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Bird Flu 101

with Dr. Mona Khanna

The most recent strain of avian influenza has scientists speculating about a worldwide pandemic. Find out how concerned you should be.

Transcript: Bird Flu 101

Pandemic. Now there's a word guaranteed to inspire dread. Pandemics occur when a new flu virus emerges, causing serious illness and death around the world. There have been four in the last hundred years. The most recent killed about 1 million people in 1968 and 1969. The 1918 flu pandemic took 40 million lives. All are thought to have originated with flu strains that normally affect only birds know as avian flu or bird flu.

Bird Flu Pandemic?

Unfortunately, a new strain of avian flu has public health officials worried about the potential for a new pandemic, even though by the start of the 2005 flu season, only about 100 people had come down with this new strain since it first appeared in 1997.

While there is genuine cause for concern, a pandemic isn't inevitable. Medical advances since the last pandemic can make a big difference. Better flu tests, anti-viral drugs, and the likelihood that a vaccine can be developed quickly are all powerful weapons.

What is the Bird Flu?

So what exactly is avian flu? Avian flu is an infectious disease that usually causes only minor symptoms in birds. But there are two types that researchers refer to as "highly pathogenic," which means they are capable of spreading rapidly through a flock and killing most of the birds that become ill.

Bird Flu History

While normally, avian flu infects only birds, in 1997, 18 people in Hong Kong came down with an avian flu strain known as H5N1. Six of them died. To control the outbreak, 1.5 million chickens, ducks, and geese were destroyed.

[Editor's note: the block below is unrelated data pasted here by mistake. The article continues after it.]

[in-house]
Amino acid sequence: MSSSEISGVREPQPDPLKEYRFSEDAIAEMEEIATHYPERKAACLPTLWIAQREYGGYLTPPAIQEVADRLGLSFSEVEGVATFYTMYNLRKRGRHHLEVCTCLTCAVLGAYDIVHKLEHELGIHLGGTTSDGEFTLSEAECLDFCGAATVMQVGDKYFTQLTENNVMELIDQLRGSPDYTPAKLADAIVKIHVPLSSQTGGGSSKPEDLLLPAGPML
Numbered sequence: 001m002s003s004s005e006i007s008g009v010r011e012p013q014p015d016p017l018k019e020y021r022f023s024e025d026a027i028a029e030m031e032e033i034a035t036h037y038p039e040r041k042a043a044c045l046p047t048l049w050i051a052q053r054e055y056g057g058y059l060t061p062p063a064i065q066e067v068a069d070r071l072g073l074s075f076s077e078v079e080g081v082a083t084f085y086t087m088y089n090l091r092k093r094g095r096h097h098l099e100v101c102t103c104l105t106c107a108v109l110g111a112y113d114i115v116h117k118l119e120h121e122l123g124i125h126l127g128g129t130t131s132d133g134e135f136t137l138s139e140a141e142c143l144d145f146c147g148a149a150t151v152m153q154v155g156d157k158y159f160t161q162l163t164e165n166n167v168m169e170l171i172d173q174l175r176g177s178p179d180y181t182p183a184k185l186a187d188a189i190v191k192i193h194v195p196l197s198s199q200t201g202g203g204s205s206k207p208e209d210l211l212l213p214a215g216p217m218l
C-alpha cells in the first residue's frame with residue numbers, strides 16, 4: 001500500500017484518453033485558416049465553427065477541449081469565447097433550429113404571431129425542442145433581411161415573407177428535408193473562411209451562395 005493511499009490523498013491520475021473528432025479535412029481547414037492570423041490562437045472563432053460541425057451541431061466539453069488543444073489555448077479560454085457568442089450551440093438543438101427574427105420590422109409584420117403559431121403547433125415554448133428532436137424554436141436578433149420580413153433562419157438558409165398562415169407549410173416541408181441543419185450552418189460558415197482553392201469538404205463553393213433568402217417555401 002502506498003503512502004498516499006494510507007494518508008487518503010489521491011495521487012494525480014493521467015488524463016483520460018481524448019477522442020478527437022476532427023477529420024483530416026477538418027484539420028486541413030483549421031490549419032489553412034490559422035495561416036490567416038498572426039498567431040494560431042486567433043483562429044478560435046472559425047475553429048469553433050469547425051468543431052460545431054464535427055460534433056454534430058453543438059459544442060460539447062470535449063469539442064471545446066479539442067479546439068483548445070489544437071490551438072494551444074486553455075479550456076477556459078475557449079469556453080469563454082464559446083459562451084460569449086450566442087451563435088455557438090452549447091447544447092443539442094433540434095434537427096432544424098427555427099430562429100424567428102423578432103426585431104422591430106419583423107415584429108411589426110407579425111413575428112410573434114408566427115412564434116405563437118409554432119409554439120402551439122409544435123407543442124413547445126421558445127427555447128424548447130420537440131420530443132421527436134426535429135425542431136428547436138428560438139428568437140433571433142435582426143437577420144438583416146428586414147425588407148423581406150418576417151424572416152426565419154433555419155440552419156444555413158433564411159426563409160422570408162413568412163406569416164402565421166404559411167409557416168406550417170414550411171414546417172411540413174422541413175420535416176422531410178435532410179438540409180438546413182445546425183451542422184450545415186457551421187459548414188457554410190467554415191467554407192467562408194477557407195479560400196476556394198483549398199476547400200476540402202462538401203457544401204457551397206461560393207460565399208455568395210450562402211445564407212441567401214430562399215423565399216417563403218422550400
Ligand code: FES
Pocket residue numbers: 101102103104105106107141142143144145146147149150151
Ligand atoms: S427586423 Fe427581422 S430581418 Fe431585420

By the fall of 2005, outbreaks of H5N1 in birds had been reported in nine countries in Asia and two in Europe. More than half of the 100 people that had been infected had died.

That's the bad news. The good news is that so far, H5N1 does not jump easily from birds to people, or from person to person. Most of the people who had been infected were poultry farmers who had direct contact with infected birds. Unless H5N1 changes into a form that infects humans more easily, the chances of catching avian flu remain extremely low.

What Should You do to Avoid the Bird Flu?

If you travel to a country where H5N1 has been detected in birds, it's a good idea to stay away from live poultry. Avian flu is not a food-born illness and the virus is sensitive to heat which means it's safe to eat poultry if you follow normal procedures for cooking and handling poultry.

What Research Tells us About the Bird Flu

The obvious question, then, is why all the concern about a possible pandemic? It has to do with the tendency for flu viruses to change as they reproduce. There's a chance H5N1 will mutate until it acquires the ability to infect humans more easily. A second possibility is that if a person comes down with a garden variety version of the flu and H5N1 at the same time, the two strains could merge into a new variety capable of moving from person to person. It's that second scenario that worries researchers most.

Containing the Bird Flu

To prepare, governments are stockpiling anti-viral medications like Tamiflu and work is underway on a vaccine for H5N1 flu.

There is a strong worldwide effort to control the spread of avian flu in birds and monitor its affect on humans to prevent it from spreading quickly if it does mutate into a form that moves easily from person to person.

The best news so far is that it hasn't happened yet. And there's a chance it never will.

I'm Dr. Mona Khanna, About Health.

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